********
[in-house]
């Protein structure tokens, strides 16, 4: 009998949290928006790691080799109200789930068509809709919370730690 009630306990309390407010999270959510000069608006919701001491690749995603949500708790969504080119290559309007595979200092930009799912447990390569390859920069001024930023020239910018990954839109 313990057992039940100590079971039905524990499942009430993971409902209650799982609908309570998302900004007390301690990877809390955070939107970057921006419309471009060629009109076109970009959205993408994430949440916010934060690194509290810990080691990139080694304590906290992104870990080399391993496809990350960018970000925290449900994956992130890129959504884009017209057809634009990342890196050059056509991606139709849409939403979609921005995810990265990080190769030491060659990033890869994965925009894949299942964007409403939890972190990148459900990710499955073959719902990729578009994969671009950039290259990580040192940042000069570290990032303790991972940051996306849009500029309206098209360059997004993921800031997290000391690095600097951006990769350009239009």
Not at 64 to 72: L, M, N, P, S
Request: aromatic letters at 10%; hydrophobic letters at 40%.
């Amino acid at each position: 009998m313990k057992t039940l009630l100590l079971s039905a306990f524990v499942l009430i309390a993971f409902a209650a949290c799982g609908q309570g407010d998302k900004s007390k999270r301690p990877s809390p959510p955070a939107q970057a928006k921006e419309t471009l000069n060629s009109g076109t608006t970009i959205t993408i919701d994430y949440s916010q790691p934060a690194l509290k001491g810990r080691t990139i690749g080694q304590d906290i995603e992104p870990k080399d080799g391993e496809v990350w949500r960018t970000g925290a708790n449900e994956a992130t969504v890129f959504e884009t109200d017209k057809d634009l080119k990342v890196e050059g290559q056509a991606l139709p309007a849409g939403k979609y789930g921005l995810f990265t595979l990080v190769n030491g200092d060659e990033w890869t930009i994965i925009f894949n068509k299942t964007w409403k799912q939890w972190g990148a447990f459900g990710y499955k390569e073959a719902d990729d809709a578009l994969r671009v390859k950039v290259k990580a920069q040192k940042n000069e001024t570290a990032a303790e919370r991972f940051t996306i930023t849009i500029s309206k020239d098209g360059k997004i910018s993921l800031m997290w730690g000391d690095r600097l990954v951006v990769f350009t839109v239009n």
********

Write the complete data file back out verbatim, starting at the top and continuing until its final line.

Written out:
[in-house]
């Protein structure tokens, strides 16, 4: 009998949290928006790691080799109200789930068509809709919370730690 009630306990309390407010999270959510000069608006919701001491690749995603949500708790969504080119290559309007595979200092930009799912447990390569390859920069001024930023020239910018990954839109 313990057992039940100590079971039905524990499942009430993971409902209650799982609908309570998302900004007390301690990877809390955070939107970057921006419309471009060629009109076109970009959205993408994430949440916010934060690194509290810990080691990139080694304590906290992104870990080399391993496809990350960018970000925290449900994956992130890129959504884009017209057809634009990342890196050059056509991606139709849409939403979609921005995810990265990080190769030491060659990033890869994965925009894949299942964007409403939890972190990148459900990710499955073959719902990729578009994969671009950039290259990580040192940042000069570290990032303790991972940051996306849009500029309206098209360059997004993921800031997290000391690095600097951006990769350009239009």
Not at 64 to 72: L, M, N, P, S
Request: aromatic letters at 10%; hydrophobic letters at 40%.
């Amino acid at each position: 009998m313990k057992t039940l009630l100590l079971s039905a306990f524990v499942l009430i309390a993971f409902a209650a949290c799982g609908q309570g407010d998302k900004s007390k999270r301690p990877s809390p959510p955070a939107q970057a928006k921006e419309t471009l000069n060629s009109g076109t608006t970009i959205t993408i919701d994430y949440s916010q790691p934060a690194l509290k001491g810990r080691t990139i690749g080694q304590d906290i995603e992104p870990k080399d080799g391993e496809v990350w949500r960018t970000g925290a708790n449900e994956a992130t969504v890129f959504e884009t109200d017209k057809d634009l080119k990342v890196e050059g290559q056509a991606l139709p309007a849409g939403k979609y789930g921005l995810f990265t595979l990080v190769n030491g200092d060659e990033w890869t930009i994965i925009f894949n068509k299942t964007w409403k799912q939890w972190g990148a447990f459900g990710y499955k390569e073959a719902d990729d809709a578009l994969r671009v390859k950039v290259k990580a920069q040192k940042n000069e001024t570290a990032a303790e919370r991972f940051t996306i930023t849009i500029s309206k020239d098209g360059k997004i910018s993921l800031m997290w730690g000391d690095r600097l990954v951006v990769f350009t839109v239009n």